The reason why recovery from the prevailing deep depression is bound to be slow is because the purchasing power of the non-oil developing world, especially the poorer half, has been knocked flat by the alarming increase in its balance of payments deficits. This year, according to the IMF, these deficits will amount to more than £23,000 million. They have been brought about by the quintupling of the price of oil — the cost of their oil imports this year will be at least 6 per cent up after a 40 per cent increase last year — by the inflationary rise in the cost of their other manufactured imports and by the fall in the volume of their exports to the depressed "rich" world outside. (In some cases there has also been a fall in export prices after the 27 per cent rise last year.) Mr Healey is well aware of the dangers of this situation, for he referred in his IMF speech to "the threat to recovery in the industrial countries if their trade with the developing world collapsed and the parallel inability of the developing countries to avoid catastrophe unless the industrial world achieved recovery". This was the biggest "doom warning" of the IMF Washington conference.

Mr Robert McNamara set the stage for this 'doom' performance of Mr Healey by giving the facts and figures of the 'developing' world tragedy in his earlier speech as President of the World Bank. The per capita ' income of the 1 billion people in the poorest countries was less than $200 per annum and was still going down, which meant a further decline into poverty, hunger and disease. In the "middle-income developing countries" — those with per capita incomes of $200 and above — there was a 3.9 per cent growth last year but this has now been arrested and growth is expected to fall behind population growth, which means a decline in per capita incomes. So the gap between rich and poor in the world economy is continuing to widen. Mr McNamara made a passionate plea to the rich countries to raise the level of their "development aid." To reach the target set by the United Nations this would have to rise to 0.7 per cent of the GNP of the donor countries but at present they are only contributing 0.33 per cent.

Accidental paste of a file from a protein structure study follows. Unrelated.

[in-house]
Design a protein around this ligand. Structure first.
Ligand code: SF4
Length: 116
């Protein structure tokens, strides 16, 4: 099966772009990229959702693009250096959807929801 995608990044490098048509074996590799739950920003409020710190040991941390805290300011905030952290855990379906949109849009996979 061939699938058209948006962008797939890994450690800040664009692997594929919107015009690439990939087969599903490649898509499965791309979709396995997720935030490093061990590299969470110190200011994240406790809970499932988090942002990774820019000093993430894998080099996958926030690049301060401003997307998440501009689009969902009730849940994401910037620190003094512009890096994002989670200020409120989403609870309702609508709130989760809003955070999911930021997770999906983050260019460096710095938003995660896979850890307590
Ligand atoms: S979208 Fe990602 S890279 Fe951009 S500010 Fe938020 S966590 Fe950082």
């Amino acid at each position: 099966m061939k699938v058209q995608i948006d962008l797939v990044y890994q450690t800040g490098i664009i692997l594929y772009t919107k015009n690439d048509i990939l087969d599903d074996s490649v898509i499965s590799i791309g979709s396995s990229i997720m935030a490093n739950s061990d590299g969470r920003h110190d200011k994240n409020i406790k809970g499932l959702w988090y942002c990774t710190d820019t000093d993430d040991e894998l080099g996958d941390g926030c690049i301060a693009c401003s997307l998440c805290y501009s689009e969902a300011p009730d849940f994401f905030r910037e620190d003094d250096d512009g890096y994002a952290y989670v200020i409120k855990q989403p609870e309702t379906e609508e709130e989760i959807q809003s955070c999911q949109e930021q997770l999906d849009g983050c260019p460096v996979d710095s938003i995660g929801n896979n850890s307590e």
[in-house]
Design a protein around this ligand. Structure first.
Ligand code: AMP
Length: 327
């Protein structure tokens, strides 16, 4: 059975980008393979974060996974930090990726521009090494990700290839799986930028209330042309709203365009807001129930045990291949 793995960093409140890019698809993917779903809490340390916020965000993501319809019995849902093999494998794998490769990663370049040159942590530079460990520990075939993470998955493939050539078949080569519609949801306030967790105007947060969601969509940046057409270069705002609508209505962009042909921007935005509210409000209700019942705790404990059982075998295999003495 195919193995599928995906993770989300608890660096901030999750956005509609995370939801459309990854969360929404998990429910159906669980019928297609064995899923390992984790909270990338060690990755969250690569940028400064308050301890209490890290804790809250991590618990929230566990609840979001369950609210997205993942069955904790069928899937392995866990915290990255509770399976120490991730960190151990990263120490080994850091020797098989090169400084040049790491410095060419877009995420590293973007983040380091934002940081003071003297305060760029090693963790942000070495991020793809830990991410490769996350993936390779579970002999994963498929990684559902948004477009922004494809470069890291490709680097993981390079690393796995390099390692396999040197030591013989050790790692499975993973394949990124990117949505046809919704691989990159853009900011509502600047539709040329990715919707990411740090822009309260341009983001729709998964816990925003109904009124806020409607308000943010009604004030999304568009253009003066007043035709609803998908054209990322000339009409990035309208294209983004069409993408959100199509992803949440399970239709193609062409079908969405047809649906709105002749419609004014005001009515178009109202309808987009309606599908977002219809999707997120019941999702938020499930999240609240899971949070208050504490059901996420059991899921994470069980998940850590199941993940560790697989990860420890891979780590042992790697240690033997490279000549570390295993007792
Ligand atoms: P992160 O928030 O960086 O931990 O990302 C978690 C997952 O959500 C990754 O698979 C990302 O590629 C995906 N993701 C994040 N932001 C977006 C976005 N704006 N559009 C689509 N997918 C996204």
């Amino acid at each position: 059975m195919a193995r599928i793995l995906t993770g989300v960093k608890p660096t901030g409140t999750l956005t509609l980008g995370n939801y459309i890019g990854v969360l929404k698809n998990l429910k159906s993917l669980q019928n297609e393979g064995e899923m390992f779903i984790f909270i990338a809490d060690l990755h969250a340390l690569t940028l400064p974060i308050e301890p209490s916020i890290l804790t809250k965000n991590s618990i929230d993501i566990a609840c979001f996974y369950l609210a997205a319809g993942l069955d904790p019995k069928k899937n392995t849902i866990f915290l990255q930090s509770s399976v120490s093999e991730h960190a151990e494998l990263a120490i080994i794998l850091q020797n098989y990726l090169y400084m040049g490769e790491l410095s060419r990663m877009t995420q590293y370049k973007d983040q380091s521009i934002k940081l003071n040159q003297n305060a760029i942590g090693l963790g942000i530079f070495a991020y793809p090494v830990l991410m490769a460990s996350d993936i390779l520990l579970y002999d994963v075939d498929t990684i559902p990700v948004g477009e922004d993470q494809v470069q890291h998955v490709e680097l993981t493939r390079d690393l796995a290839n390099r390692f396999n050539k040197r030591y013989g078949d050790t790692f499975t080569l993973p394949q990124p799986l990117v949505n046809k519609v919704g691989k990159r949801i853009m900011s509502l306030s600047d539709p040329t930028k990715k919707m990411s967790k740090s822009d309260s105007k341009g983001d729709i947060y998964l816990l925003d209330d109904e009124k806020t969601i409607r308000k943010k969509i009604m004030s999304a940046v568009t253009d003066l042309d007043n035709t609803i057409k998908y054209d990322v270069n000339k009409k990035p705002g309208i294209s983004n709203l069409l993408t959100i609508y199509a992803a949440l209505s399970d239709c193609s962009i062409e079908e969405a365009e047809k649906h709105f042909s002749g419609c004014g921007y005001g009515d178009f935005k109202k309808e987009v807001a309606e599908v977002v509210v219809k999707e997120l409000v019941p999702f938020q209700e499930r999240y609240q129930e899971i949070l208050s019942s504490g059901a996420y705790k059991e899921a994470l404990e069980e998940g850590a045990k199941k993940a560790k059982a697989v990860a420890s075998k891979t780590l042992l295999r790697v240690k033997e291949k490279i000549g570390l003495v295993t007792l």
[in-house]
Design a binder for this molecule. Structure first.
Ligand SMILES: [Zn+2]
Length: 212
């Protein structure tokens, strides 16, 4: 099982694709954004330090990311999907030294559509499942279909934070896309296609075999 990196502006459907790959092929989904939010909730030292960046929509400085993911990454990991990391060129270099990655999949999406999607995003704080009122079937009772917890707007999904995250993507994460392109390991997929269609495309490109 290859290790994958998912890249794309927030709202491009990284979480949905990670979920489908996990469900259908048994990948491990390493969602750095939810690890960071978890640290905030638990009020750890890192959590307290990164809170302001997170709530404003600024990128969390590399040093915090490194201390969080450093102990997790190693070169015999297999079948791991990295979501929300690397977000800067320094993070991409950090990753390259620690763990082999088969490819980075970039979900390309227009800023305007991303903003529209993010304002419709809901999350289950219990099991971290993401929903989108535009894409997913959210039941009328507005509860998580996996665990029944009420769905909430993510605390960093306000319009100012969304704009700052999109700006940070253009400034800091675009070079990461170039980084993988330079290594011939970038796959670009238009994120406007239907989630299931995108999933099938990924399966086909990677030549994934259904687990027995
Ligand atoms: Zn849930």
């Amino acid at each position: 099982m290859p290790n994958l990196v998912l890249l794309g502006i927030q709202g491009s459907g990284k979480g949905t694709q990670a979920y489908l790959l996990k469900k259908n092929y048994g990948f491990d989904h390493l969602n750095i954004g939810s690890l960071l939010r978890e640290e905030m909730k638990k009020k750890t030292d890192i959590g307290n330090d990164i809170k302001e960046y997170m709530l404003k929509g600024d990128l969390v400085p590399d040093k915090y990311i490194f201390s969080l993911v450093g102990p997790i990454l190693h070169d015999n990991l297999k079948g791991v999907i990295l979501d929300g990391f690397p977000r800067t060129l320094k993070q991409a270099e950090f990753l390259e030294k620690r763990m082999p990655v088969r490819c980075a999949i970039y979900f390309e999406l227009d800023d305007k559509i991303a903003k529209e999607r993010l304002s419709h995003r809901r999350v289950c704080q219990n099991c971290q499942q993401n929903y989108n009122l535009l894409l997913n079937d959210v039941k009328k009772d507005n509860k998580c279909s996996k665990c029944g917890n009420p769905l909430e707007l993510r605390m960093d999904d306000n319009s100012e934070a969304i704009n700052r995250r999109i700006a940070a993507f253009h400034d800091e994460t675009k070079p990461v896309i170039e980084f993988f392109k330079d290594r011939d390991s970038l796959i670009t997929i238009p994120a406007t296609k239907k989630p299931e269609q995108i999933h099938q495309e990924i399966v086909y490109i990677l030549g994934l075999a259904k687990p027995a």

As the rich countries feel that they have a cash problem at the moment they have been thinking up some ingenious schemes to help the 'developing' world — an IMF 'trust fund', a World Bank 'third window:, and a US, 'development security,:facility'. But something concrete:did come out of the IMF conference on gold which could be of some assistance to the developing world. The Americans and the French agreed that something should be done about the 150 million ounces of gold held 'frozen' by the IMF. The anti-gold Americans would have liked to sell off the lot and the pro-gold French would have liked to have seen the lot returned to the original subscribers. The compromise finally adopted was to let the IMF retain 100 million ounces for the time being, to return 25 million ounces to the original subscribers and to sell off 25 million ounces on the free market — or to Central Banks at the free market price — and let the profit go to the developing countries. This could give them a

bonus of about $2,500 million which would enable them to buy that amount of goods from the depressed industrial nations who are trying vainly to increase their exports to one another. There is to be a meeting in Jamaica in January to settle the gold details. A tiny contribution to world reflation, it is true, but it could be doubled by writing up another 25 million ounces of gold. As Alan Hart said in his documentary film, time is running out for the poorer half of the world and we may have only three to five years to prevent an ultimate global catastrophe.